As well as a flood of patients, the only working Ebola treatment centre in Sierra Leone has to deal with rumours of organ harvesting and infected patients who hide, says Anja Wolz, an emergency coordinator at the Médecins Sans Frontières (MSF) Ebola treatment centre in Kailahun, Sierra Leone.
What is the situation at your treatment centre in Kailahun?
We have a capacity of 80 beds, but in the last 6 weeks, we have seen 260 patients, of which 170 have been confirmed to have Ebola. We've had 89 deaths and 36 patients who have recovered.
We are also working on health promotion – informing people about the virus and how to prevent it. There is a lot of misinformation out there, so we train community health workers and traditional healers, but there are still people with Ebola who are hiding.
Why are people with Ebola hiding?
They are afraid. We've had 89 deaths at the centre. People think that, because there is no treatment available, they will come here to die.
There are a lot of rumours that we are cutting off heads. Or that we are taking organs and selling them. At the same time, some people are saying that Ebola does not exist.
So the outbreak might be worse than we think it is, because there are infected people unaccounted for?
It's an important point. The epidemiological system is not functioning here. We should be tracking survivors and people with the virus. If we could see where they are going, we could react, and inform those villages about Ebola. But we only have four epidemiologists here, so this is really difficult.
What would make it possible to track infected people?
We need epidemiologists. We need experienced doctors. We need health staff and infection control staff. We need a greater social mobilisation effort. We also need more money. The World Health Organization has said it has a $100 million plan, and will send more experts, but we haven't seen anything in the field yet.
What's the atmosphere like in Kailahun?
Here in the city, people are more open about Ebola, and are seeking treatment. But there are real problems with isolated communities. For example, three weeks ago, a team from MSF visited a community that doesn't believe Ebola exists. They had carried out an unsafe burial of someone who had died from the infection. Traditionally, here, you undress the person, wash, clean and dress the body and then kiss the body without any protection.
To do a safe burial, you have to be protected, and you need to disinfect the body with chlorine solution, put it in a body bag and bury the corpse in a 2-metre-deep grave.
The MSF team did saliva tests, and found two people with a high virus load. Since then, our centre has received more than 30 patients from the village, all of whom attended this unsafe funeral. It's sad, because so many people have been infected, and so many people have died.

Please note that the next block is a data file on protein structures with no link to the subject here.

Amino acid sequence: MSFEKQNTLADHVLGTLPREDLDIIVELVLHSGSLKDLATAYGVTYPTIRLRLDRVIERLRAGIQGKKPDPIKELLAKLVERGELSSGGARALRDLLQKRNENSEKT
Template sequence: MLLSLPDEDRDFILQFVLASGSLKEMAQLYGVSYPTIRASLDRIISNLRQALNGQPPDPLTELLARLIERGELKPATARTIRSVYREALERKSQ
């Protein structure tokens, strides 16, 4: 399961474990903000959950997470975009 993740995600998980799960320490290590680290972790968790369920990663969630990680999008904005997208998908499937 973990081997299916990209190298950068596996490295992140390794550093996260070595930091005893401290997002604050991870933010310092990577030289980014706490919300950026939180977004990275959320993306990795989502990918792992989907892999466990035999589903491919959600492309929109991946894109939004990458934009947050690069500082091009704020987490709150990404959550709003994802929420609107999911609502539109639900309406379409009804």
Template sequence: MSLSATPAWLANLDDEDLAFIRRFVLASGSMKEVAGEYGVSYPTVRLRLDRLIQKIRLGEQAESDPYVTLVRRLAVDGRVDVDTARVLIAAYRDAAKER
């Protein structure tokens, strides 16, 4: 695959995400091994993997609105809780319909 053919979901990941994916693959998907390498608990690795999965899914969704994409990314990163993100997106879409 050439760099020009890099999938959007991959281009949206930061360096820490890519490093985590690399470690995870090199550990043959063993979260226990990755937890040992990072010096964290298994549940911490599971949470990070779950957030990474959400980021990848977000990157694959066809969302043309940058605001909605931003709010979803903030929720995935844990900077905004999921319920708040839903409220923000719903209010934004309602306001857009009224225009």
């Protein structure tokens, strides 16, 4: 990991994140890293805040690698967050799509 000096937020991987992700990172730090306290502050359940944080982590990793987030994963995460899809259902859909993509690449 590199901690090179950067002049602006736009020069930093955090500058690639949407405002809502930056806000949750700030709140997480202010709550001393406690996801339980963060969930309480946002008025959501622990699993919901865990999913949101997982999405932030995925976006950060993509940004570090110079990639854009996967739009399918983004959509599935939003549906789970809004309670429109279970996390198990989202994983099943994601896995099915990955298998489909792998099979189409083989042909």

Why are people saying Ebola doesn't exist?
These villages are completely isolated – they have no internet, and not even network coverage for a mobile phone. When the health workers come by, the villagers think what they are saying is not true. Instead, we are now asking Ebola survivors to go to these villages, to tell the truth about what is going on.
What is the most difficult thing about your work?
The problem is too big. It's out of control. At the moment, we are the only functioning case management centre for Sierra Leone.
And we are nearly completely full. Every week there is a new village of cases coming.
People are starting to understand how big the problem is now, because a lot of people have friends, family and colleagues who have died from Ebola. The president has visited our centre. On Monday, Sierra Leone held a stay-at-home day, for people to reflect on Ebola and pray.
Are you afraid of contracting Ebola?
At MSF we have strict controls. The safety and security of our staff and patients is of the upmost importance. Everybody who works with us in the centre receives training, and if they don't respect protocol, their contract is terminated. We have full personal protective equipment – gumboots, overalls, two pairs of gloves, a mask with a hat and goggles. No part of the skin is exposed. We haven't had anyone infected so far in Kailahun, and we are very proud of that.
I personally have a lot of respect for Ebola. If I was to say I was worried or scared, I would be in the wrong job.
How are you coping personally?
It is difficult. You see a lot of people dying. But on Sunday we discharged nine survivors. This gives you your power back. You know you are doing your best. You say, OK, I know why I am here.